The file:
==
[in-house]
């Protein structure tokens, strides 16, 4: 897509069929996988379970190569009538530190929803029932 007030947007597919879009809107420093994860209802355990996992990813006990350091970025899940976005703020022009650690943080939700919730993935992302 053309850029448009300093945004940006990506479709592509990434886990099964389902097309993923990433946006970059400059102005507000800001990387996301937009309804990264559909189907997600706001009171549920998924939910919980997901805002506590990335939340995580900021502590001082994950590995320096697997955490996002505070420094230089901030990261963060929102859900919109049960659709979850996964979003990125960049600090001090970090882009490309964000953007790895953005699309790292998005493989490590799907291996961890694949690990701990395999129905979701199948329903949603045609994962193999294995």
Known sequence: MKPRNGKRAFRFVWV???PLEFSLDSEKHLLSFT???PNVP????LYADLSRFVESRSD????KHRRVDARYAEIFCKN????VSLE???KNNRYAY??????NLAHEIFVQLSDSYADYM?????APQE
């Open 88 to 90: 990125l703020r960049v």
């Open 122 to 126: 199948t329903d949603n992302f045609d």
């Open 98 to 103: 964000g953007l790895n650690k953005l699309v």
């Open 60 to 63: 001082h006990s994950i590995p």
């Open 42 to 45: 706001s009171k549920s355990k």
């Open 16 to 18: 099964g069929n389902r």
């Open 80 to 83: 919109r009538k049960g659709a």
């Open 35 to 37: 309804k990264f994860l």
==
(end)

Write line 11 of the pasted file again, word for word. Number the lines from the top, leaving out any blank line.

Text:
């Open 35 to 37: 309804k990264f994860l």